Table 1. Stern–Volmer constants for quenching of ethidium bromide bound to siRNA fluorescence by phosphorus dendrimers.
Ksv [L/mol]V [L/mol]
pdG31.1 × 1061.5 × 106
pdG42.1 × 1062.9 × 106

2. Results and Discussion

2.1. Ethidium Bromide Intercalation Assay

The ability of cationic phosphorus dendrimers of generation 3 and 4 to form complexes with siRNA was assessed by observing changes in the shape and intensity of the EB fluorescence emission spectrum in the presence of siRNA after adding dendrimers.
Fluorescence emission maximum for ethidium bromide was obtained at 595 nm. Upon addition of siRNA this maximum became blue-shifted to 588 nm and approximately 3-fold increase in fluorescence intensity was observed. Adding the dendrimers caused the decrease of fluorescence intensity and a back shift toward longer wavelengths to 595 nm (Figure 1 and Figure 2).
Figure 1. Fluorescence spectrum of ethidium bromide in the presence of siRNA and increasing concentrations of phosphorus dendrimer generation 3 (pdG3). [EB] = 5 μmol/L [siRNA] = 0.2 µmol/L.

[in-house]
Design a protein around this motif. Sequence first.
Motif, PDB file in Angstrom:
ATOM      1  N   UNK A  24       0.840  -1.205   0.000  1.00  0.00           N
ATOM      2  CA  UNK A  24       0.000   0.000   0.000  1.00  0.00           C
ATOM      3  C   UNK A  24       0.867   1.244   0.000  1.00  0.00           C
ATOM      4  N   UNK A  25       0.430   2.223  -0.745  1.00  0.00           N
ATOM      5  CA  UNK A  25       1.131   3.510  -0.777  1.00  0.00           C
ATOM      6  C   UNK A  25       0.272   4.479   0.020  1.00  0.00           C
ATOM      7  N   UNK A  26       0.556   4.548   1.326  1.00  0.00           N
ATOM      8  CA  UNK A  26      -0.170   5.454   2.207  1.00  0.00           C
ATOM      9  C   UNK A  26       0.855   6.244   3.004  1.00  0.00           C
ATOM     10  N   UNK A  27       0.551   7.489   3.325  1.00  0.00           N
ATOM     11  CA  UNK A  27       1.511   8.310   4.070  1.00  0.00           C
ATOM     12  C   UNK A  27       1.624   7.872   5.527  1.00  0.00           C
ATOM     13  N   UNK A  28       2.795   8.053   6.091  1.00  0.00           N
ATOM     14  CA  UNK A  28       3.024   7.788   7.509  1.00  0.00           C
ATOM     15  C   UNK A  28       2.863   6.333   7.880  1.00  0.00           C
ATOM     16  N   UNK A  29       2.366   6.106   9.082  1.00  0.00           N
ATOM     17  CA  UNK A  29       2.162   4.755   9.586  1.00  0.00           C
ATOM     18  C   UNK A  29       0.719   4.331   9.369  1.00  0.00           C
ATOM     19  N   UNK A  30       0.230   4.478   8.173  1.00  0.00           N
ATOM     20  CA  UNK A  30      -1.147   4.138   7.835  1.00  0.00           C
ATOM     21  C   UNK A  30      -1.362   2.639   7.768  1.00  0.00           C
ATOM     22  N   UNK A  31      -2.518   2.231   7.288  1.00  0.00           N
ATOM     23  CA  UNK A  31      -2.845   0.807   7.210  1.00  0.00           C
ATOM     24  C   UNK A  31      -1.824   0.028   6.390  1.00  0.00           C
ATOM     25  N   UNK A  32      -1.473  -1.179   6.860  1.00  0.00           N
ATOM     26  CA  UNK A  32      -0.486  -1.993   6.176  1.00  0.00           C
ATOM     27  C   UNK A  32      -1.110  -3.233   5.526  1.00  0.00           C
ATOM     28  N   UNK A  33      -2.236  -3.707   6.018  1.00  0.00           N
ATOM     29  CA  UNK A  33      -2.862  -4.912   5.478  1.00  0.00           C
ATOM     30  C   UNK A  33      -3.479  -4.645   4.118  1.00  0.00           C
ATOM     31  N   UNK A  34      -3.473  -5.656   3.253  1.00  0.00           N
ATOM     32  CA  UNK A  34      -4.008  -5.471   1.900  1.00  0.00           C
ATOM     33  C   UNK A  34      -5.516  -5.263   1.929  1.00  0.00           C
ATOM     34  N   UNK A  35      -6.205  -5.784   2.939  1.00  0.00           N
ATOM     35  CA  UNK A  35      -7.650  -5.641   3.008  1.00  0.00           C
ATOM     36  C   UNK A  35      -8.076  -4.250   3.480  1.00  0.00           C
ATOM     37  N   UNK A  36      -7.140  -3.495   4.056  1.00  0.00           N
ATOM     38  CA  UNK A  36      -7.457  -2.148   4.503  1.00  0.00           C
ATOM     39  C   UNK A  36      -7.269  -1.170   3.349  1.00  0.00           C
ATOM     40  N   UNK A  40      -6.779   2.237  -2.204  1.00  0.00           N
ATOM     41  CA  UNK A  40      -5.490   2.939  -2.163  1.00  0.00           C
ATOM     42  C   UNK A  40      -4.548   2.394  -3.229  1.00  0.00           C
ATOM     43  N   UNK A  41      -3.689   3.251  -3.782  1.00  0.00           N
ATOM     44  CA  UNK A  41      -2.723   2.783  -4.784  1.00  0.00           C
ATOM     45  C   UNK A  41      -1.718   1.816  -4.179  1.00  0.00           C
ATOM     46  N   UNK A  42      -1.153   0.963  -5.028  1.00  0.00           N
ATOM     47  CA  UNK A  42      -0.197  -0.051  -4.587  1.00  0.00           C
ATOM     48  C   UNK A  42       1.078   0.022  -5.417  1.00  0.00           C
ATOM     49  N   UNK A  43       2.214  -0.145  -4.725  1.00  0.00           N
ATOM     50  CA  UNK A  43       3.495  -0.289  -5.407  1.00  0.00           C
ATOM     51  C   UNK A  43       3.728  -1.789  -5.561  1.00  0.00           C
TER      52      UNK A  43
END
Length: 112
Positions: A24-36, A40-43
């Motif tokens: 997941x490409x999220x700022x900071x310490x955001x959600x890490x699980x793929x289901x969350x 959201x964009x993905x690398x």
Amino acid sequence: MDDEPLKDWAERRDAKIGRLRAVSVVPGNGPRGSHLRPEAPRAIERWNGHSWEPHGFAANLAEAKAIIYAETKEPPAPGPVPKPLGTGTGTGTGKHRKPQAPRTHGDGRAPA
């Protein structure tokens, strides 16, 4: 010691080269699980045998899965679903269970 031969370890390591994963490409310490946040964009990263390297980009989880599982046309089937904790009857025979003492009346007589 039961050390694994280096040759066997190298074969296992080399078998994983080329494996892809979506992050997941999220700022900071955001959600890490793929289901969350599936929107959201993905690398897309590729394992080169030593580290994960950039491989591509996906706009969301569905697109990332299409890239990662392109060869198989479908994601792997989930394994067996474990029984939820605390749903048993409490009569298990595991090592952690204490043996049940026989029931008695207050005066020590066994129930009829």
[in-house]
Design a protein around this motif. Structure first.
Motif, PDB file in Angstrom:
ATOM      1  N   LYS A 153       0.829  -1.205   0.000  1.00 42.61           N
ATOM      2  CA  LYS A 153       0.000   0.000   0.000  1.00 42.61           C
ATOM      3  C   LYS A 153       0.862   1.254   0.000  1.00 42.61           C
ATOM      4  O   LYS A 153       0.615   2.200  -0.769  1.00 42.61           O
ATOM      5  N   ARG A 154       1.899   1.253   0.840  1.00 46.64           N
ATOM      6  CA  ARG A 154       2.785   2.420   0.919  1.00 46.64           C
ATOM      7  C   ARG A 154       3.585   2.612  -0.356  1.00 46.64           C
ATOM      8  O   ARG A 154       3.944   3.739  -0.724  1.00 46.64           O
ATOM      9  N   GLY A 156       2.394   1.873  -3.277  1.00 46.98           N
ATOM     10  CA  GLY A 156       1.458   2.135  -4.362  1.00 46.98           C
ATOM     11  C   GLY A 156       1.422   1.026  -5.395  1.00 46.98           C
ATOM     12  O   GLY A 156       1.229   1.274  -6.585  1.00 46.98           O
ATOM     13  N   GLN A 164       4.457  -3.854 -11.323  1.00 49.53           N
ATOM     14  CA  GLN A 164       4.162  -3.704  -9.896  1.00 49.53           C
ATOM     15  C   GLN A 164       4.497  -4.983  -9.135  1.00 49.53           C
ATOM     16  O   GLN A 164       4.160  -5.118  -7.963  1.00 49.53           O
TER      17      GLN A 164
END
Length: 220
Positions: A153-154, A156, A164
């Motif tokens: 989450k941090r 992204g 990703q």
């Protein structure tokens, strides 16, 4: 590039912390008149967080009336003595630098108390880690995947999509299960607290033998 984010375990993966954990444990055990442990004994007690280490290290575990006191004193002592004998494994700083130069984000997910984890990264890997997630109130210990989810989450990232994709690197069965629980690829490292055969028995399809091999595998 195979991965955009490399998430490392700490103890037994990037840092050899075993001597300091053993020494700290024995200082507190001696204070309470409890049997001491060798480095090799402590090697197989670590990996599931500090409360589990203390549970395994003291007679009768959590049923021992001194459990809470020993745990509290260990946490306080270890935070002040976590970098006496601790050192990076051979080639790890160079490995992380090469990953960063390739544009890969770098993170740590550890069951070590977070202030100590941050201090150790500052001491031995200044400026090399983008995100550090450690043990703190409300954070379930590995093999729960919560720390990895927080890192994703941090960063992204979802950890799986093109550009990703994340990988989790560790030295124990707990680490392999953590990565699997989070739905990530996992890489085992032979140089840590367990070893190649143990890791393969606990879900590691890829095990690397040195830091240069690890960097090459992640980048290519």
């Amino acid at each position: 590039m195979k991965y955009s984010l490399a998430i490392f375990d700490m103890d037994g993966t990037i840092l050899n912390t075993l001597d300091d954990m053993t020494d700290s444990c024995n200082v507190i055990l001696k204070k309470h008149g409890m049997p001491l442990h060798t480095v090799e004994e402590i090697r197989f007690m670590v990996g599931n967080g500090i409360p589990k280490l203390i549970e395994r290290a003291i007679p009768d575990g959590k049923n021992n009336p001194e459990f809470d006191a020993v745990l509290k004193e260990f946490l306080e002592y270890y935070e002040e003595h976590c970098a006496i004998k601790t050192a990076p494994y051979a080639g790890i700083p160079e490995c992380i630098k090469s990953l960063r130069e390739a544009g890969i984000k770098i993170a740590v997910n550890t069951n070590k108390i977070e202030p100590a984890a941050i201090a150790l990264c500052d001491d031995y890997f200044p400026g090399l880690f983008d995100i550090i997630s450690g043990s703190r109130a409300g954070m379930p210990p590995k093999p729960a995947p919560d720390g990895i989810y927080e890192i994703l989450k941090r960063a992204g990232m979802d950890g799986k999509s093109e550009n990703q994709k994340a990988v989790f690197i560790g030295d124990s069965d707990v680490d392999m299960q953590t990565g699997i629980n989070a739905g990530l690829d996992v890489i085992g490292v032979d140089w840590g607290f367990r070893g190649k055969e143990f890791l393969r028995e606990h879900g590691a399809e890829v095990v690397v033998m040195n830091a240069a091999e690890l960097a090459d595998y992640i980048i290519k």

Figure 1. Fluorescence spectrum of ethidium bromide in the presence of siRNA and increasing concentrations of phosphorus dendrimer generation 3 (pdG3). [EB] = 5 μmol/L [siRNA] = 0.2 µmol/L.
Molecules 18 04451 g001
Figure 2. Fluorescence spectrum of ethidium bromide in the presence of siRNA and increasing concentrations of phosphorus dendrimer generation 4 (pdG4). [EB] = 5 μmol/L [siRNA] = 0.2 µmol/L.
Figure 2. Fluorescence spectrum of ethidium bromide in the presence of siRNA and increasing concentrations of phosphorus dendrimer generation 4 (pdG4). [EB] = 5 μmol/L [siRNA] = 0.2 µmol/L.
Molecules 18 04451 g002